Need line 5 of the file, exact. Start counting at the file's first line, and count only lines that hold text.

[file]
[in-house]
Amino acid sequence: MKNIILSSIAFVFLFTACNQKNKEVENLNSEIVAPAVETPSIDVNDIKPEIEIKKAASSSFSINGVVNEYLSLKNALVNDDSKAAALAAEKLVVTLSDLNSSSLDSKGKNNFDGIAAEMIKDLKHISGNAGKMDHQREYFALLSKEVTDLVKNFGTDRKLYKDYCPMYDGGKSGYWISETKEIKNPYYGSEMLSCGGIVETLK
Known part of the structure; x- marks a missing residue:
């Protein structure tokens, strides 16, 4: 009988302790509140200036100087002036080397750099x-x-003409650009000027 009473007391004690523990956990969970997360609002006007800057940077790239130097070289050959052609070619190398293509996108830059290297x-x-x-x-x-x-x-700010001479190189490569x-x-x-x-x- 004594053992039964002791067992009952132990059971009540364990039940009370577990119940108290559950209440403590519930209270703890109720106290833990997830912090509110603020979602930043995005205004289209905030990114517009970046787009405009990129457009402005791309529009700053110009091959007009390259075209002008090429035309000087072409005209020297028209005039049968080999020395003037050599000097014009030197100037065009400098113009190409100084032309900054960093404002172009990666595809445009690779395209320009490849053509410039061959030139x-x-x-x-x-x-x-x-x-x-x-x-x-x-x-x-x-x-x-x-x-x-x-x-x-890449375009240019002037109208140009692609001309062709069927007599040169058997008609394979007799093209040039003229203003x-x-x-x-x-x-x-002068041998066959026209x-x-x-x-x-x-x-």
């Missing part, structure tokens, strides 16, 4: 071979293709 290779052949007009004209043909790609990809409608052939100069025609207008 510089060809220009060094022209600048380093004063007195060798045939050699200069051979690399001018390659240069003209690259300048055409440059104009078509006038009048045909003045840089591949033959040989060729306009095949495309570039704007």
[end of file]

């Missing part, structure tokens, strides 16, 4: 071979293709 290779052949007009004209043909790609990809409608052939100069025609207008 510089060809220009060094022209600048380093004063007195060798045939050699200069051979690399001018390659240069003209690259300048055409440059104009078509006038009048045909003045840089591949033959040989060729306009095949495309570039704007």